History of Living Trusts
In 16th-century England, the King would oversee the distribution of land when a landowner died. In order to avoid this, landowners would deed their land to the Church, which promised to return the land to the owner's heirs upon his death. According to the Save Wealth website, English settlers brought these customs with them when they immigrated to America in colonial times. However, living trusts remained the domain of the wealthy until the 1960s.
Establishing a Living Trust
Estate attorneys can draft living trust documents. The trust does not take effect until the grantor -- the creator of the trust -- funds the trust by transferring ownership of property into it, notes the AARP. When establishing a trust, the grantor names beneficiaries -- the heirs who will receive the assets in the trust. A grantor must appoint a trustee to control the assets transferred to the trust. You can appoint yourself as the initial trustee to maintain control over the trust's assets during your lifetime.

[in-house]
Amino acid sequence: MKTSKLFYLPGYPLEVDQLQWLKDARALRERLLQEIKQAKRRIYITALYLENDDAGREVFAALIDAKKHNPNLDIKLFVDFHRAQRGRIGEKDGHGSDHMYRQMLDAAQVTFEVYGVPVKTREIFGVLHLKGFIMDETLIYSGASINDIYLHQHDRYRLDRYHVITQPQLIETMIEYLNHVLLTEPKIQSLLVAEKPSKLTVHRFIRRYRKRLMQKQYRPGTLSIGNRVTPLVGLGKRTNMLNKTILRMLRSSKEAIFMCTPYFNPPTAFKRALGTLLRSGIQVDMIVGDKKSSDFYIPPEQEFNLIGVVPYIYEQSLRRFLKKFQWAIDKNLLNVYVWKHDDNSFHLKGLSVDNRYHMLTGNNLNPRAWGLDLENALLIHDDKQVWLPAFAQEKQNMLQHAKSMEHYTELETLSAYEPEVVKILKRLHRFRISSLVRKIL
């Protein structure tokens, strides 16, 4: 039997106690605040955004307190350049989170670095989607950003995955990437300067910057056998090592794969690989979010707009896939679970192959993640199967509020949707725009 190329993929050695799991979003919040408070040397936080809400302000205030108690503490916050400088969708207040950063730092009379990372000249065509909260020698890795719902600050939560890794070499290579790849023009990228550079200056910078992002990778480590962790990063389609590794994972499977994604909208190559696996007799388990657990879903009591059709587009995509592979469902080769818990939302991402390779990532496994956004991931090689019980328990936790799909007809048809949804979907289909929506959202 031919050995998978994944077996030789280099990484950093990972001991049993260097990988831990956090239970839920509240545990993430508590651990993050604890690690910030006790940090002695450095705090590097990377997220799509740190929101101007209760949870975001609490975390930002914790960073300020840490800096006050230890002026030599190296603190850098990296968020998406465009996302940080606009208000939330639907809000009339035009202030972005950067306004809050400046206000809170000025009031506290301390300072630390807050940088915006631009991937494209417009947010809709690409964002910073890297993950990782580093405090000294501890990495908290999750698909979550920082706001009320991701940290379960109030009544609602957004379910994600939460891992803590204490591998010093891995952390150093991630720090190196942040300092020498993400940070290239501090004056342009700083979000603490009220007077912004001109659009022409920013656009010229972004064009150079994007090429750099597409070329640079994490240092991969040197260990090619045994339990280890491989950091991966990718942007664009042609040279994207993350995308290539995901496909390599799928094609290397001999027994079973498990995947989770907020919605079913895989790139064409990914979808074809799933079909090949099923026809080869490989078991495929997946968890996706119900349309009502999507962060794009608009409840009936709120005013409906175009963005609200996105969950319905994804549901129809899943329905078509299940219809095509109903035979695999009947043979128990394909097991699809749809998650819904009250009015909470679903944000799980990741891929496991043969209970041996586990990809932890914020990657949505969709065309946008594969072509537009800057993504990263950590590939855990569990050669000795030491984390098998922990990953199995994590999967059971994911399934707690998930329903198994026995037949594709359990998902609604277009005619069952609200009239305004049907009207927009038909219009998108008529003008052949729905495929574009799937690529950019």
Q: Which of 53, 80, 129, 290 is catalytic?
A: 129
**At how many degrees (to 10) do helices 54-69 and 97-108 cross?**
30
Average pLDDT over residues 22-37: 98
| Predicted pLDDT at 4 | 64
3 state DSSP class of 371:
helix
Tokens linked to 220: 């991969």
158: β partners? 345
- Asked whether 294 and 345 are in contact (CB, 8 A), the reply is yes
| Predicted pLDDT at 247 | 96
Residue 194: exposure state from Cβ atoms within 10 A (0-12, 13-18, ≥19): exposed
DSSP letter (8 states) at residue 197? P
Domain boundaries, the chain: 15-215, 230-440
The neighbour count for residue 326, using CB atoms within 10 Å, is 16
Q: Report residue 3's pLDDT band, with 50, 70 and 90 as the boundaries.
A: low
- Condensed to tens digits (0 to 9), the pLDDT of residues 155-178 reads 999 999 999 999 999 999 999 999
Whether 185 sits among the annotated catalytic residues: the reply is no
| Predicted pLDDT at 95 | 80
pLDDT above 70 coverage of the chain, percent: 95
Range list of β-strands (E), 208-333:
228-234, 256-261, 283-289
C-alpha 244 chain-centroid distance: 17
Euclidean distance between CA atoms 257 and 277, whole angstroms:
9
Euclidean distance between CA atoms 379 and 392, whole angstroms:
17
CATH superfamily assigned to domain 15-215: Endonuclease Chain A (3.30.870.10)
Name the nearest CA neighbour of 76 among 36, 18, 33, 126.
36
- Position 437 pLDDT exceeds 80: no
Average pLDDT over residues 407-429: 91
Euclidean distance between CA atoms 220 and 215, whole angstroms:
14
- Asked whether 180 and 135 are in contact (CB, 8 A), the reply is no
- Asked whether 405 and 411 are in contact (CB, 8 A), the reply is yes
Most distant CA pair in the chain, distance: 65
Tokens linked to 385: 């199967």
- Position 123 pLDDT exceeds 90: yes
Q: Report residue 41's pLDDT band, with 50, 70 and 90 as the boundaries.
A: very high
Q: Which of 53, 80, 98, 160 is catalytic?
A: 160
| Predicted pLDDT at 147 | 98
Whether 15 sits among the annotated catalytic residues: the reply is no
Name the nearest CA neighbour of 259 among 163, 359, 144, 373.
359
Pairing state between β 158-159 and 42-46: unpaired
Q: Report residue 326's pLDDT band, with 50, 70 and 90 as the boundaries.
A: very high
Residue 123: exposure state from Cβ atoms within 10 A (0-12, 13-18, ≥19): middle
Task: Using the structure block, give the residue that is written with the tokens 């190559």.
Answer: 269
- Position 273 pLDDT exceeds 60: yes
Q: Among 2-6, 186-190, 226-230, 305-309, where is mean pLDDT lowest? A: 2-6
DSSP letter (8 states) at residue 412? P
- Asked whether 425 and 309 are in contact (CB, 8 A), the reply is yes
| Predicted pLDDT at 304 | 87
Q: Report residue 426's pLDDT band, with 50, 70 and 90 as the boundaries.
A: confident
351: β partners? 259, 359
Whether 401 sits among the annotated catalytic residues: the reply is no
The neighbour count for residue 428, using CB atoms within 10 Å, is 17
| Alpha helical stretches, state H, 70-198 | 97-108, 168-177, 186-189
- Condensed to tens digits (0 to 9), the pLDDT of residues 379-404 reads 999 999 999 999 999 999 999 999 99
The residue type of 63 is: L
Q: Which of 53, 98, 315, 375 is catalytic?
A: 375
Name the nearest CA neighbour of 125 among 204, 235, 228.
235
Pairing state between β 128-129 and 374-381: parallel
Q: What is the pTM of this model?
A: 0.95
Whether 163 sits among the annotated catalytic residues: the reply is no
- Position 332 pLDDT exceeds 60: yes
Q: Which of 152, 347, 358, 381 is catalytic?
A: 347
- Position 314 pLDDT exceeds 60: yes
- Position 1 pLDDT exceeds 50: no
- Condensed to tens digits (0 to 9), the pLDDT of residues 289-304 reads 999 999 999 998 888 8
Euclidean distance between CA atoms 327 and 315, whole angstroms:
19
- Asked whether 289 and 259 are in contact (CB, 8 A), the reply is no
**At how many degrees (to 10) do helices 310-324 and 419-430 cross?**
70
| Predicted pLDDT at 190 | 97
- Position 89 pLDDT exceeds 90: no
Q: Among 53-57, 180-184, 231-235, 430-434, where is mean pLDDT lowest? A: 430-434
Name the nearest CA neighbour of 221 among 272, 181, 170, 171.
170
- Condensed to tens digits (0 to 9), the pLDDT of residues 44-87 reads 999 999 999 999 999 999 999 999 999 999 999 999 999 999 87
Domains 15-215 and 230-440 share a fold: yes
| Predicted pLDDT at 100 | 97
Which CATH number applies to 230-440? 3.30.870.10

Benefits of Living Trusts
One of the more appealing benefits of establishing a living trust is that they are a way to avoid probate. This is because a living trust is recognized as a private legal entity, permitting the trustee to make distributions to beneficiaries without the involvement of a court. In addition, living trusts can be funded with stocks, bonds, property, life insurance and savings accounts. By establishing a living trust, you -- and your spouse if married -- can take advantage of estate tax credits. These credits protect up to $2 million in assets for singles and up to $4 million for couples.
Disadvantages of Living Trusts
While living trusts do afford grantors a significant tax benefit, assets over the respective $2 million and $4 million limit will be taxed at rates as high as 46 percent. In addition, living trusts do not provide protection from creditors or divorce. The Save Wealth website notes that some individuals and couples might wish to consider advanced estate planning tools such as legacy trusts, which offers asset protection that a living trust does not.